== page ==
Steptoe Cyberlaw Podcast

Fresh off a redeye from Israel, I interview Matthew Green of the Johns Hopkins Information Security Institute. Security news from the internet of things grows ever grimmer, we agree, but I get off the bus when Matt and the EFF try to solve the problem with free speech law.

In the news roundup, Matt joins Michael and me to consider the difficulties of retaliating for Putin’s intrusion into the US election. There just aren’t that many disclosures that would surprise Russians about Vlad, though the Botox rumors are high on my list.

In other news, the EU’s cybersecurity agency, ENISA, issues a report on crypto policy that has a surprisingly musty air.

Two new settlements show the limits of privacy law. Michael Vatis covers them both. Ashley Madison settles with the FTC and is assessed a large fine that has to be partially forgiven because the company can’t pay. We all thought that adultery was a more durable business model. And Google settles a class action for unlawful wiretapping by agreeing to scan everyone’s email a few microseconds later than it used to. To spike the football in its victory, Google offers most victims of the violation damages that amount to, well, nothing.

Ah, but Europe marches on, convinced that more privacy regulation will solve the twenty-first century for Europe. Given a choice between more privacy regulation or less, the EU of course chooses more. Maury Shenk explains.  Meanwhile faced with the problem of “fake news” and the real risk that Vladimir Putin will use doxing and propaganda against Angela Merkel in her election next year, Europe has the answer: more regulation, especially regulation that puts all the blame on American social media companies. The first amendment rights of Americans look to be collateral damage.

As always, the Cyberlaw Podcast welcomes feedback.  Send an email to CyberlawPodcast@steptoe.com or leave a message at +1 202 862 5785.

Direct download: SteptoeCyberlawPodcast-143.mp3
Category:general -- posted at: 9:25am EDT

Too busy to read the 100-page Presidential Commission on Enhancing National Security report on what the next administration should do about cybersecurity? No worries. Episode 142 features a surprisingly contentious but highly informative dialog about the report with Kiersten Todt, the commission’s executive director.

In the news, Lindsey Graham, John McCain, and a host of Dems want to investigate Russia’s role in the recent election, while the President-elect thinks it’s, well, fake news, to borrow a lefty trope. Michael Vatis presses me to pick a side. Long-time listeners won’t be surprised at my answer.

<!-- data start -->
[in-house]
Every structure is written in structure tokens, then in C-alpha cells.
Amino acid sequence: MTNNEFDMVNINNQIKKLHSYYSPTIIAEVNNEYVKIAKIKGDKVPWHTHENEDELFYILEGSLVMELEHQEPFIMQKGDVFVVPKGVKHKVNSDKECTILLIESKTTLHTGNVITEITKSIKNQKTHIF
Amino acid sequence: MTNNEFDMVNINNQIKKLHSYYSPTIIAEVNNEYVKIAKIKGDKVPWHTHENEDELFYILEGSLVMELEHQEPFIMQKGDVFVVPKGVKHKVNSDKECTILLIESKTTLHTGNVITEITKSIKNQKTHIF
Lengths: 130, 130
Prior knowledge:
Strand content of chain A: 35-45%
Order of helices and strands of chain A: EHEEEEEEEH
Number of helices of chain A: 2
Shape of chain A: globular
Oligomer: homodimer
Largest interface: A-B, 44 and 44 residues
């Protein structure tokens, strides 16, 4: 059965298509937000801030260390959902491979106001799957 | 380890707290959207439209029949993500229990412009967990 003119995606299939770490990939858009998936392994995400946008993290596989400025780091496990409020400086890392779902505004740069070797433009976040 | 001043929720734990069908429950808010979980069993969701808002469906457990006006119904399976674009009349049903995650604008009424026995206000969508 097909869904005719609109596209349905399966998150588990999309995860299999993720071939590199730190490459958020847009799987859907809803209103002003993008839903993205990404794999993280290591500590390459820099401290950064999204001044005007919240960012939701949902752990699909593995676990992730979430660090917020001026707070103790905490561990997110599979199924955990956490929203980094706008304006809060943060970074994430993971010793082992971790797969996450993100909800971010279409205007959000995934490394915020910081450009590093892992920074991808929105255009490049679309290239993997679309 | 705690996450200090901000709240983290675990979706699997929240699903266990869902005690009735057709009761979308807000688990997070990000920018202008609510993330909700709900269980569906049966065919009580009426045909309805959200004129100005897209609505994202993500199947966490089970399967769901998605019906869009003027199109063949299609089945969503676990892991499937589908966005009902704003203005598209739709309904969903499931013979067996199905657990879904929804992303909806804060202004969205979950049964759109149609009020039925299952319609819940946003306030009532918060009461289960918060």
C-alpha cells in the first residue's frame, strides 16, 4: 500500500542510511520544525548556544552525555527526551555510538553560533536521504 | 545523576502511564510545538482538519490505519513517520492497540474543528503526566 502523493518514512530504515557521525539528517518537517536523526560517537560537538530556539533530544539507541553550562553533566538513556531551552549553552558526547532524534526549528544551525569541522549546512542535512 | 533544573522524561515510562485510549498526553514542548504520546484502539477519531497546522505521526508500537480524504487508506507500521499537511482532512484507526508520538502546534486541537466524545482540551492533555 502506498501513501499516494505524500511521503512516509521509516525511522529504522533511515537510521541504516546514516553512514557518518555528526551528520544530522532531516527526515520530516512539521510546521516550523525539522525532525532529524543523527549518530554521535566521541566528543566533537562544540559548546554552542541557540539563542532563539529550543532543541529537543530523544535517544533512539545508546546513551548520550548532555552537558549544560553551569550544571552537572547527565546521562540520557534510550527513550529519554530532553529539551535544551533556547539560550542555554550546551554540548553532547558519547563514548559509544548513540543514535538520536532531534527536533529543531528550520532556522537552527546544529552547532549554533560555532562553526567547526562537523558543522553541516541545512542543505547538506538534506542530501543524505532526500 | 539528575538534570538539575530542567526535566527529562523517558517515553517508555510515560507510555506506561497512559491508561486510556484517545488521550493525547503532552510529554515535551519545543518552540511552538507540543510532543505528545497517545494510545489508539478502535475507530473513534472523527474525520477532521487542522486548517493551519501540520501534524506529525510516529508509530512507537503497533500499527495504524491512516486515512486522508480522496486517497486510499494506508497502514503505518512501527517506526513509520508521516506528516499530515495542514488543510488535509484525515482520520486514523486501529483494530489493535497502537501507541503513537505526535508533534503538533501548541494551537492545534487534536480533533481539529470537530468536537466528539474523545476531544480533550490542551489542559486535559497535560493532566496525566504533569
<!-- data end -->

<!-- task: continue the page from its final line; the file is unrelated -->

The Ninth Circuit offers ginger approval for the use of FISA-derived evidence in a criminal trial.

Gen. John Kelly is picked to head DHS. What does that say about its role in cybersecurity? Nothing, I venture. On crypto, though, we could finally see a commission. Chairman McCaul supports the idea, and it’s just possible that foreign government action and the Trump presidency will finally make Silicon Valley nervous enough to stop stonewalling and start talking.

We close with a definitive five-minute briefing on the future of net neutrality. The quick answer is that the dingoes are running the child care center.

As always, the Cyberlaw Podcast welcomes feedback.  Send an email to CyberlawPodcast@steptoe.com or leave a message at +1 202 862 5785.

Direct download: SteptoeCyberlawPodcast-142.mp3
Category:general -- posted at: 2:35pm EDT

We ask Rihanna to sum up the latest U.S.-EU agreement:

And that’s when you need me there
With you I’ll always share …
You can stand under my umbrella

RiRi’s got the theory right:  The Umbrella Agreement was supposed to make sure the U.S. and EU would always share law enforcement data.  But when the Eurocrats were done piling on the caveats, it’s clear what concessions that US has made but it isn’t clear if the EU has made any at all. Meanwhile, the Investigatory Powers Act has gained royal assent, Maury Shenk walks us through both developments.

The Trump administration is hinting at a change in responsibility for protecting critical infrastructure from cyberattack, and it’s consistent with the President-elect’s enthusiasm for turning hard jobs over to generals. Congress is doing its bit, elevating Cyber Command to full combatant command status. But the Obama administration may still be toying with the idea of firing Adm. Rogers.

In good news, DOJ and a boatload of other countries have sinkholed Avalanche botnet. Michael Vatis has the details.

Kudos to Sen. Cornyn, who held off a series of left/lib attacks on the changes to Rule 41 needed to catch even moderately sophisticated child porn and cyber law breakers.

Tom Donilon’s Commission on what the next administration should do about cybersecurity has delivered recommendations. The response:  crickets.

Lastly, Saudi Arabia suffers major Iranian attack.

We then turn to an interview with Scott Charney, Corporate Vice President for Trustworthy Computing at Microsoft.  I’ve known Scott for 25 years and he’s an acute observer of the international cybersecurity scene.  He discusses international pressures on technology companies including the conflicted roles of governments dealing with encryption.

As always, the Cyberlaw Podcast welcomes feedback.  Send an email to CyberlawPodcast@steptoe.com or leave a message at +1 202 862 5785.

 

Direct download: SteptoeCyberlawPodcast-141.mp3
Category:general -- posted at: 10:03am EDT

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